BY ELAINE GOODMAN
Daily Post Correspondent
The Berkeley Police Department’s decision on whether to keep one radio channel unencrypted will “absolutely” factor in the public’s and media’s wishes to be able to hear police activity, a Berkeley PD lieutenant said.
As the Post reported last week, the Berkeley PD is moving toward encryption of some of its radio channels to protect individuals’ personal information such as drivers license and Social Security numbers.
But the department may decide to keep one channel unencrypted, meaning the public can listen to officers’ activities.
That decision would be in contrast to the approach taken by police departments in Palo Alto, Mountain View and Los Altos, which fully encrypted their radio transmissions this year without any kind of public hearings or outreach to the community.
Berkeley police Lt. Peter Hong more recently told the Post that one consideration in the department’s encryption decision is maintaining public access to some radio transmissions.
“Absolutely that is a factor,” Hong said. “We’re in a community that wants information.”
The channel that Berkeley PD might keep unencrypted is the department’s channel 1, which is used for transmitting routine information, such as sending officers to a location where a robbery was reported.
Another channel, channel 3, is usually used when an officer asks for or receives information on an individual. That channel will be encrypted.
The problem, according to Hong, is that personal information may sometimes go out over channel 1 in urgent situations. An example is if a dispatcher checks a vehicle license plate number and finds that the car is associated with a suspect in a felony robbery. In that case, dispatchers would want to give the officer information on the suspect right away using channel 1, rather than taking time to switch channels, Hong said.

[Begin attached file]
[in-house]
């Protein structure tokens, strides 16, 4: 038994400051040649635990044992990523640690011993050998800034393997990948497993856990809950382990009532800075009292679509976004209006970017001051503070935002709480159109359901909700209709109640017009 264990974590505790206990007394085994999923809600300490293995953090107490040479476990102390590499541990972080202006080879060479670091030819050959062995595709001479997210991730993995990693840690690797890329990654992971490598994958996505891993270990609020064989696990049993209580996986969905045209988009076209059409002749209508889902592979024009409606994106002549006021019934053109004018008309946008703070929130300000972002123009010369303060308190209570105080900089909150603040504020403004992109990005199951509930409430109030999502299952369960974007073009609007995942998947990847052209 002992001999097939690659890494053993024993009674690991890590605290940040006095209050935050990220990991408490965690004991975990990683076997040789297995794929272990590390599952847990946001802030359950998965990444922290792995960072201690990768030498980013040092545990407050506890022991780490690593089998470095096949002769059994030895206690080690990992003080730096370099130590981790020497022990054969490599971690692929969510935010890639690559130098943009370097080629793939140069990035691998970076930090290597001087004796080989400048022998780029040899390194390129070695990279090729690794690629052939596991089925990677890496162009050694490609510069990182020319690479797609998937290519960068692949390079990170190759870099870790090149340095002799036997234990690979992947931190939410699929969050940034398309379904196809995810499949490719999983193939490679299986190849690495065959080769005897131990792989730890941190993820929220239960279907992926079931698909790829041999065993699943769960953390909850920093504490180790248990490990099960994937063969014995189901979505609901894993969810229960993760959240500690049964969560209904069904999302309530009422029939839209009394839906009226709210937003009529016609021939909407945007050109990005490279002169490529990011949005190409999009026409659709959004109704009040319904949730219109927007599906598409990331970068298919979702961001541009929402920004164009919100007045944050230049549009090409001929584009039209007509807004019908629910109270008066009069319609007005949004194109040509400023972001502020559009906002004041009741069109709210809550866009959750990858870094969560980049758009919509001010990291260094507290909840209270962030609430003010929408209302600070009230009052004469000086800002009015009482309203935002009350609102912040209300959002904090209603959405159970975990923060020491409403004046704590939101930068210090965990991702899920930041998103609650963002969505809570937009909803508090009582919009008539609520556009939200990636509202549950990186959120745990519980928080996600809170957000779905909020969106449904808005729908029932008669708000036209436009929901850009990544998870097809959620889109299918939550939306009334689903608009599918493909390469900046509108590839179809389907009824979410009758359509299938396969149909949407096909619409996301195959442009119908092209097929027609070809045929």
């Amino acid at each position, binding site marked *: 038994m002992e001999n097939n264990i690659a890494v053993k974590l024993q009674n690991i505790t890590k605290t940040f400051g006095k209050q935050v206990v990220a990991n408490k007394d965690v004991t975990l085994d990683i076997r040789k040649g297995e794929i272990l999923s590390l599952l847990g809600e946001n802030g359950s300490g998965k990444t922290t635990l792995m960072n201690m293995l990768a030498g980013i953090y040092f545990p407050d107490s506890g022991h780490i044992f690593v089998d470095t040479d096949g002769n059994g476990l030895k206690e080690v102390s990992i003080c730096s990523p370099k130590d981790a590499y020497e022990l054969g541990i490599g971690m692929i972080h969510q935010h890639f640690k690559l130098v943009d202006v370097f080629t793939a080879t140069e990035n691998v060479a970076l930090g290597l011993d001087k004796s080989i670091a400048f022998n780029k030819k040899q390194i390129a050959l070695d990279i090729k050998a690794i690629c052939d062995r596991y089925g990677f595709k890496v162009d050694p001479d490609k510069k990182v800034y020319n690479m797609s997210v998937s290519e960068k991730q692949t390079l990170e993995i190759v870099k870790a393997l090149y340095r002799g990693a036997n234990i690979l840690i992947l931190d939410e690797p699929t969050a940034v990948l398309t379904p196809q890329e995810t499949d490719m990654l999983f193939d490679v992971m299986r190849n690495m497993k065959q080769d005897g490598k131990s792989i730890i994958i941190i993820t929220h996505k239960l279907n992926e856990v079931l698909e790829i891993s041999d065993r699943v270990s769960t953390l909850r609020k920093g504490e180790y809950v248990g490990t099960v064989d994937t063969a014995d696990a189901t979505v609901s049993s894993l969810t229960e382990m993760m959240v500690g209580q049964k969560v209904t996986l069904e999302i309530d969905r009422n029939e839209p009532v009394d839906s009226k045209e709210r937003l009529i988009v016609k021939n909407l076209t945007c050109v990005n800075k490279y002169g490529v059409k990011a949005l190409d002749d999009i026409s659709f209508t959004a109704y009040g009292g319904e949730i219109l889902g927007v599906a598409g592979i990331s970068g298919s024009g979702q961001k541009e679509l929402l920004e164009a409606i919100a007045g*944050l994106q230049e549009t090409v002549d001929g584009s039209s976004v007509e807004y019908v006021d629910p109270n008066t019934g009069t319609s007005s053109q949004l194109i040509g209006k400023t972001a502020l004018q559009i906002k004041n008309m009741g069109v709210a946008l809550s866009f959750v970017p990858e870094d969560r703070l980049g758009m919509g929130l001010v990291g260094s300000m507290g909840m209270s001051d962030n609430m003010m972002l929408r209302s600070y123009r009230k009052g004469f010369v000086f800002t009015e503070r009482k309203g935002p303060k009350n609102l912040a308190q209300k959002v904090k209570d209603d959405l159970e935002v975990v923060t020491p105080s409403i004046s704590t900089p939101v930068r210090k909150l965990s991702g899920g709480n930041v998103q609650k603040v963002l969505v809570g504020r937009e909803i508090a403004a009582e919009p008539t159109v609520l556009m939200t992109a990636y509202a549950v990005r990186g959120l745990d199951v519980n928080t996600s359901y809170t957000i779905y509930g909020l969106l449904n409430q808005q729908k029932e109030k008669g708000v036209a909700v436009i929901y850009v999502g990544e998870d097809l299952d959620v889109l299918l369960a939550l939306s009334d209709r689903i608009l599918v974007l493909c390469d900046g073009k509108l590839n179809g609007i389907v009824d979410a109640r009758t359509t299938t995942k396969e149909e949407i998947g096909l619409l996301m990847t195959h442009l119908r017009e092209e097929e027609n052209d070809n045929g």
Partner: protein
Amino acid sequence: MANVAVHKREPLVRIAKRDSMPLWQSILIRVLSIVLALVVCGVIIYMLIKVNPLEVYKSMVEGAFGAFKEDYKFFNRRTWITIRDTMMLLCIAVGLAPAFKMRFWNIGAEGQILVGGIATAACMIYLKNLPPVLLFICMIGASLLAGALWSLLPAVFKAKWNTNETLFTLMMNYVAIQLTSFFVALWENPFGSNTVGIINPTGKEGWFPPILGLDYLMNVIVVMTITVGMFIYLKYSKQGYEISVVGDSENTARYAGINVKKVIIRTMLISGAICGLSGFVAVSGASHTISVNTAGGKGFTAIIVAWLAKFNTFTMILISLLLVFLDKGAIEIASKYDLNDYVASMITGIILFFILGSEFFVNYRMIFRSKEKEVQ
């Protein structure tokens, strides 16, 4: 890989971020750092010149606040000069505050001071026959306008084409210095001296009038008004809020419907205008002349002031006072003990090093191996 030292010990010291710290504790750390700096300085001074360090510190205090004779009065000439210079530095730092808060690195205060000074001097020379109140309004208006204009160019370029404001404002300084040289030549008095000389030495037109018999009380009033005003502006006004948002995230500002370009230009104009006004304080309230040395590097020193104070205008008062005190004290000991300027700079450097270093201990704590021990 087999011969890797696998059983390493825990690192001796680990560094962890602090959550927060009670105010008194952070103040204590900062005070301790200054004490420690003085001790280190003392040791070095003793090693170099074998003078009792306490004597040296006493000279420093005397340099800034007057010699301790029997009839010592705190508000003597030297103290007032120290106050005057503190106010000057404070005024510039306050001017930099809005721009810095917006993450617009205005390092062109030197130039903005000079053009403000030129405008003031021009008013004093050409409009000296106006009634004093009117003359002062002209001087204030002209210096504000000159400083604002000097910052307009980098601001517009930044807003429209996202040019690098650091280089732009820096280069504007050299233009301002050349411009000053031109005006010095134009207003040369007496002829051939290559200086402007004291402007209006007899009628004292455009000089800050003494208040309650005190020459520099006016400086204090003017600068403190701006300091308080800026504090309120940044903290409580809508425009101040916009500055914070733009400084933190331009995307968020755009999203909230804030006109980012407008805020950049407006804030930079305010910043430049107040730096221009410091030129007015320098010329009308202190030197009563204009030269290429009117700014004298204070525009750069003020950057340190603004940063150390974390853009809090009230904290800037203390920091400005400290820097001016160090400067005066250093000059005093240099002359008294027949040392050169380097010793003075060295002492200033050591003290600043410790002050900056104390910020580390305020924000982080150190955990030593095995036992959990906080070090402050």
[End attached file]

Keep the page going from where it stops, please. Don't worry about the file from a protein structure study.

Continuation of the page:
“We have to navigate all this,” Hong said. “That’s why we’re undecided.”
The move toward encryption is in response to a California Department of Justice memo in October that told law enforcement agencies to take steps to protect individuals’ personally identifiable information, also known as PII, and criminal histories when using the California Law Enforcement Telecommunications System, or CLETS.
Encryption is one way to do that. But some law enforcement agencies, such as the San Francisco Police Department, are planning to keep some transmissions unencrypted and open to the public, as the Post reported previously.
Berkeley PD’s channel 3 is already protected using 40-bit encryption. But the DOJ is looking for more secure, 128-bit encryption, according to Hong.
Until the channel 3 encryption is upgraded, officers are taking steps to protect personal information.
Protecting personal information
One strategy is to break up an individual’s personal information by transmitting details such as a name, birthday and address in separate transmissions, or even in different channels, Berkeley PD said in a document that the Post obtained through a public records request.
Other strategies are to use a cell phone, landline, or patrol-car computer to transmit personal information.
Budget shortfalls may hamper Berkeley PD’s move to encryption, the document said. Hong said the department doesn’t have a time frame for its decision on leaving a channel unencrypted.
Berkeley is part of the East Bay Regional Communications System Authority, or EBRCSA, a radio system that operates under a joint powers agreement between Alameda and Contra Costa counties. EBRCSA owns and manages the digital radio system.
Each agency that’s part of EBRCSA is deciding for itself whether to encrypt its radio channels, according to EBRCSA Executive Director Tom McCarthy. The organization will support any agencies that decide to encrypt, he said.
“The agencies are creating their own policy and procedure on how to communicate the PII,” McCarthy told the Post.
Previous stories about the encryption of police radios